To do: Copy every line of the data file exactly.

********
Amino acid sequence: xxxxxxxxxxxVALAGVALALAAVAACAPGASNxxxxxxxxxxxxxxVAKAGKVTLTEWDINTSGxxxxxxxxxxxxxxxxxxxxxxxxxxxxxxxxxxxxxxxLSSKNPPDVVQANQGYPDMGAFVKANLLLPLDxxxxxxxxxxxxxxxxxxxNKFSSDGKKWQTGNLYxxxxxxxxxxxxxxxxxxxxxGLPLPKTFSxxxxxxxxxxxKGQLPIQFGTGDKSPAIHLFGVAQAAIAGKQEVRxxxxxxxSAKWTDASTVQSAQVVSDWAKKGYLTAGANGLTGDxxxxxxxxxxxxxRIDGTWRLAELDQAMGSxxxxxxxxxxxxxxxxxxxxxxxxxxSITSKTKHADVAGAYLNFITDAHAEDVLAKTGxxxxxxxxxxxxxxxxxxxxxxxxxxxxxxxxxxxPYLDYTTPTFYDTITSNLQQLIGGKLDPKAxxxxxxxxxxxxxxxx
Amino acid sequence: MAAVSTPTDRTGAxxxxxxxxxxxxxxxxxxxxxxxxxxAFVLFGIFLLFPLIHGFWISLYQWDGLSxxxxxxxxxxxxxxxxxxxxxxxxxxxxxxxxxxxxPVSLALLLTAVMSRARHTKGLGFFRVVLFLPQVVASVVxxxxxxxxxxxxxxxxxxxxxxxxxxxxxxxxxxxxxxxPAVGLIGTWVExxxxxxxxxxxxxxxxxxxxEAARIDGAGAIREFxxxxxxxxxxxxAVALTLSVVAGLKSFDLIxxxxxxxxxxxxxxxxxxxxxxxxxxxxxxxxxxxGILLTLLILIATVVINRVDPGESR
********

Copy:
Amino acid sequence: xxxxxxxxxxxVALAGVALALAAVAACAPGASNxxxxxxxxxxxxxxVAKAGKVTLTEWDINTSGxxxxxxxxxxxxxxxxxxxxxxxxxxxxxxxxxxxxxxxLSSKNPPDVVQANQGYPDMGAFVKANLLLPLDxxxxxxxxxxxxxxxxxxxNKFSSDGKKWQTGNLYxxxxxxxxxxxxxxxxxxxxxGLPLPKTFSxxxxxxxxxxxKGQLPIQFGTGDKSPAIHLFGVAQAAIAGKQEVRxxxxxxxSAKWTDASTVQSAQVVSDWAKKGYLTAGANGLTGDxxxxxxxxxxxxxRIDGTWRLAELDQAMGSxxxxxxxxxxxxxxxxxxxxxxxxxxSITSKTKHADVAGAYLNFITDAHAEDVLAKTGxxxxxxxxxxxxxxxxxxxxxxxxxxxxxxxxxxxPYLDYTTPTFYDTITSNLQQLIGGKLDPKAxxxxxxxxxxxxxxxx
Amino acid sequence: MAAVSTPTDRTGAxxxxxxxxxxxxxxxxxxxxxxxxxxAFVLFGIFLLFPLIHGFWISLYQWDGLSxxxxxxxxxxxxxxxxxxxxxxxxxxxxxxxxxxxxPVSLALLLTAVMSRARHTKGLGFFRVVLFLPQVVASVVxxxxxxxxxxxxxxxxxxxxxxxxxxxxxxxxxxxxxxxPAVGLIGTWVExxxxxxxxxxxxxxxxxxxxEAARIDGAGAIREFxxxxxxxxxxxxAVALTLSVVAGLKSFDLIxxxxxxxxxxxxxxxxxxxxxxxxxxxxxxxxxxxGILLTLLILIATVVINRVDPGESR